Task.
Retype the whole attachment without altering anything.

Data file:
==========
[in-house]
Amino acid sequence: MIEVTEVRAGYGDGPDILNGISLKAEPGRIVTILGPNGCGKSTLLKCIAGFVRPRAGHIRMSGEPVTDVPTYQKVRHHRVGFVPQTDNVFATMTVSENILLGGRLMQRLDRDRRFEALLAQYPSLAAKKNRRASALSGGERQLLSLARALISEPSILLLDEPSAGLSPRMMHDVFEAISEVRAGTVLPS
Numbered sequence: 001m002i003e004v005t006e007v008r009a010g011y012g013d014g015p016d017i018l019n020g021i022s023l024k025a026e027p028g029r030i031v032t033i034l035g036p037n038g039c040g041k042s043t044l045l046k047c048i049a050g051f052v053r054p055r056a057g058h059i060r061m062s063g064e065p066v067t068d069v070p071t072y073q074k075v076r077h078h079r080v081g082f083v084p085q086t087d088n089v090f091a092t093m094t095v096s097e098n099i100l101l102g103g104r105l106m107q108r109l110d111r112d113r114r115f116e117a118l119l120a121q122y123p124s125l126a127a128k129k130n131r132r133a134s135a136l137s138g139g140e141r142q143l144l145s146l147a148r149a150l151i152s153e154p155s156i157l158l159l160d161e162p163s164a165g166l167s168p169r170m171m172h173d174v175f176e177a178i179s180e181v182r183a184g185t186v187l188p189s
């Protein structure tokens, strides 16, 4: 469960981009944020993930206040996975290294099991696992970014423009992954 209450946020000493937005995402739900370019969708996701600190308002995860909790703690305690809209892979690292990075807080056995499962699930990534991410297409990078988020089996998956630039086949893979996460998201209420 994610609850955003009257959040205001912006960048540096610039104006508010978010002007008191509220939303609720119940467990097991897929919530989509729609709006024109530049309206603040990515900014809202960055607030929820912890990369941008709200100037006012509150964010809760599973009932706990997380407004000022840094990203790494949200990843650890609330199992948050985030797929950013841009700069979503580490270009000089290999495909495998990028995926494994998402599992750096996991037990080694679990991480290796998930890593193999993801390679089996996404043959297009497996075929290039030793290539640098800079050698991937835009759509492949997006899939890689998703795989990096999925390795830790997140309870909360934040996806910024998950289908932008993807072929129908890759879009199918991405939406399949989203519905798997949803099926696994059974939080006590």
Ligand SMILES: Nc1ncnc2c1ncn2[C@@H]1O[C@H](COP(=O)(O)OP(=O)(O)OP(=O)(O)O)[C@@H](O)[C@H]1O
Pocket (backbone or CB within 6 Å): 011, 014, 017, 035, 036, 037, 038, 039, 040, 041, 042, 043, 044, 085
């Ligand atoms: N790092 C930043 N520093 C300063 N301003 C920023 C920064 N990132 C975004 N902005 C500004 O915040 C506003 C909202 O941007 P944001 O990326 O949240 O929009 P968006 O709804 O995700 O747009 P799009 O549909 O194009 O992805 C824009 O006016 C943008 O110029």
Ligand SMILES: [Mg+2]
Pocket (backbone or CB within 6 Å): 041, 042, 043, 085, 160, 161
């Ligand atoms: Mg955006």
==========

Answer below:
[in-house]
Amino acid sequence: MIEVTEVRAGYGDGPDILNGISLKAEPGRIVTILGPNGCGKSTLLKCIAGFVRPRAGHIRMSGEPVTDVPTYQKVRHHRVGFVPQTDNVFATMTVSENILLGGRLMQRLDRDRRFEALLAQYPSLAAKKNRRASALSGGERQLLSLARALISEPSILLLDEPSAGLSPRMMHDVFEAISEVRAGTVLPS
Numbered sequence: 001m002i003e004v005t006e007v008r009a010g011y012g013d014g015p016d017i018l019n020g021i022s023l024k025a026e027p028g029r030i031v032t033i034l035g036p037n038g039c040g041k042s043t044l045l046k047c048i049a050g051f052v053r054p055r056a057g058h059i060r061m062s063g064e065p066v067t068d069v070p071t072y073q074k075v076r077h078h079r080v081g082f083v084p085q086t087d088n089v090f091a092t093m094t095v096s097e098n099i100l101l102g103g104r105l106m107q108r109l110d111r112d113r114r115f116e117a118l119l120a121q122y123p124s125l126a127a128k129k130n131r132r133a134s135a136l137s138g139g140e141r142q143l144l145s146l147a148r149a150l151i152s153e154p155s156i157l158l159l160d161e162p163s164a165g166l167s168p169r170m171m172h173d174v175f176e177a178i179s180e181v182r183a184g185t186v187l188p189s
């Protein structure tokens, strides 16, 4: 469960981009944020993930206040996975290294099991696992970014423009992954 209450946020000493937005995402739900370019969708996701600190308002995860909790703690305690809209892979690292990075807080056995499962699930990534991410297409990078988020089996998956630039086949893979996460998201209420 994610609850955003009257959040205001912006960048540096610039104006508010978010002007008191509220939303609720119940467990097991897929919530989509729609709006024109530049309206603040990515900014809202960055607030929820912890990369941008709200100037006012509150964010809760599973009932706990997380407004000022840094990203790494949200990843650890609330199992948050985030797929950013841009700069979503580490270009000089290999495909495998990028995926494994998402599992750096996991037990080694679990991480290796998930890593193999993801390679089996996404043959297009497996075929290039030793290539640098800079050698991937835009759509492949997006899939890689998703795989990096999925390795830790997140309870909360934040996806910024998950289908932008993807072929129908890759879009199918991405939406399949989203519905798997949803099926696994059974939080006590």
Ligand SMILES: Nc1ncnc2c1ncn2[C@@H]1O[C@H](COP(=O)(O)OP(=O)(O)OP(=O)(O)O)[C@@H](O)[C@H]1O
Pocket (backbone or CB within 6 Å): 011, 014, 017, 035, 036, 037, 038, 039, 040, 041, 042, 043, 044, 085
């Ligand atoms: N790092 C930043 N520093 C300063 N301003 C920023 C920064 N990132 C975004 N902005 C500004 O915040 C506003 C909202 O941007 P944001 O990326 O949240 O929009 P968006 O709804 O995700 O747009 P799009 O549909 O194009 O992805 C824009 O006016 C943008 O110029």
Ligand SMILES: [Mg+2]
Pocket (backbone or CB within 6 Å): 041, 042, 043, 085, 160, 161
């Ligand atoms: Mg955006």